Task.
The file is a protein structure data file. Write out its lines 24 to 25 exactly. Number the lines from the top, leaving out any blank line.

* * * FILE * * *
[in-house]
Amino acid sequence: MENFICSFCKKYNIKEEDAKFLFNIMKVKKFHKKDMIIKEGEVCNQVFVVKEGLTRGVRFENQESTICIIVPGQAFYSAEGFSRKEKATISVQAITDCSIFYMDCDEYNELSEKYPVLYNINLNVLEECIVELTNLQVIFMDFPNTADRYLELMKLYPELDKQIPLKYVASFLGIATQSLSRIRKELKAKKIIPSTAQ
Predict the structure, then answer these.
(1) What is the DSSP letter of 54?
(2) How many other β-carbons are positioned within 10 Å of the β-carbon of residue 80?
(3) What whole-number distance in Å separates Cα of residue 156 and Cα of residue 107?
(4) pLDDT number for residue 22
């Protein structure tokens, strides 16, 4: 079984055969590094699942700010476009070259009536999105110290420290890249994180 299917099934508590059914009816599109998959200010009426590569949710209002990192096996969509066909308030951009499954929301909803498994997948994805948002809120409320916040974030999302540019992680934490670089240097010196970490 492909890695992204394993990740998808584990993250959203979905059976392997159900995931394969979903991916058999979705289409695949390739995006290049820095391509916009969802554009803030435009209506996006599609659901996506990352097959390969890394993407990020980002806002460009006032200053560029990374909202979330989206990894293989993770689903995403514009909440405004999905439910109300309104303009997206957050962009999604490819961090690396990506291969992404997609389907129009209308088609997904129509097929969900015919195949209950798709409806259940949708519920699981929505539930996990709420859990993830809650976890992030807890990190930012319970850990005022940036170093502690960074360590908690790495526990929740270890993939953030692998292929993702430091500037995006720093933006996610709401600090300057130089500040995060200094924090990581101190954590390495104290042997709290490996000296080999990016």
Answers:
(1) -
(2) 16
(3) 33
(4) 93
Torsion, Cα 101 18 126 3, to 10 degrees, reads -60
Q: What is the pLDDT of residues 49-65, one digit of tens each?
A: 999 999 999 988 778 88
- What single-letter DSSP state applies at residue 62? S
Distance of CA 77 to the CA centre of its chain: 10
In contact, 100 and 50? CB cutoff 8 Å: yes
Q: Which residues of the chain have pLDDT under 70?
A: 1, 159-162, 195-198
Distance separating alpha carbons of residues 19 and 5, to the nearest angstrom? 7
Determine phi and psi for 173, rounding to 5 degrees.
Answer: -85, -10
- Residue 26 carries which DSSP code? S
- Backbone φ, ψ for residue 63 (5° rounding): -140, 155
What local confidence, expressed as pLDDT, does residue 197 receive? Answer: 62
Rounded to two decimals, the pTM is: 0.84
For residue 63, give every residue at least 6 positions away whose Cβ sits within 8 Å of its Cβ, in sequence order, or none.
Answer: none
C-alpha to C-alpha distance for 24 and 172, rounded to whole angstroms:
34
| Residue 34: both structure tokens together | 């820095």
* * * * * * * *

Answer: -85, -10
- Residue 26 carries which DSSP code? S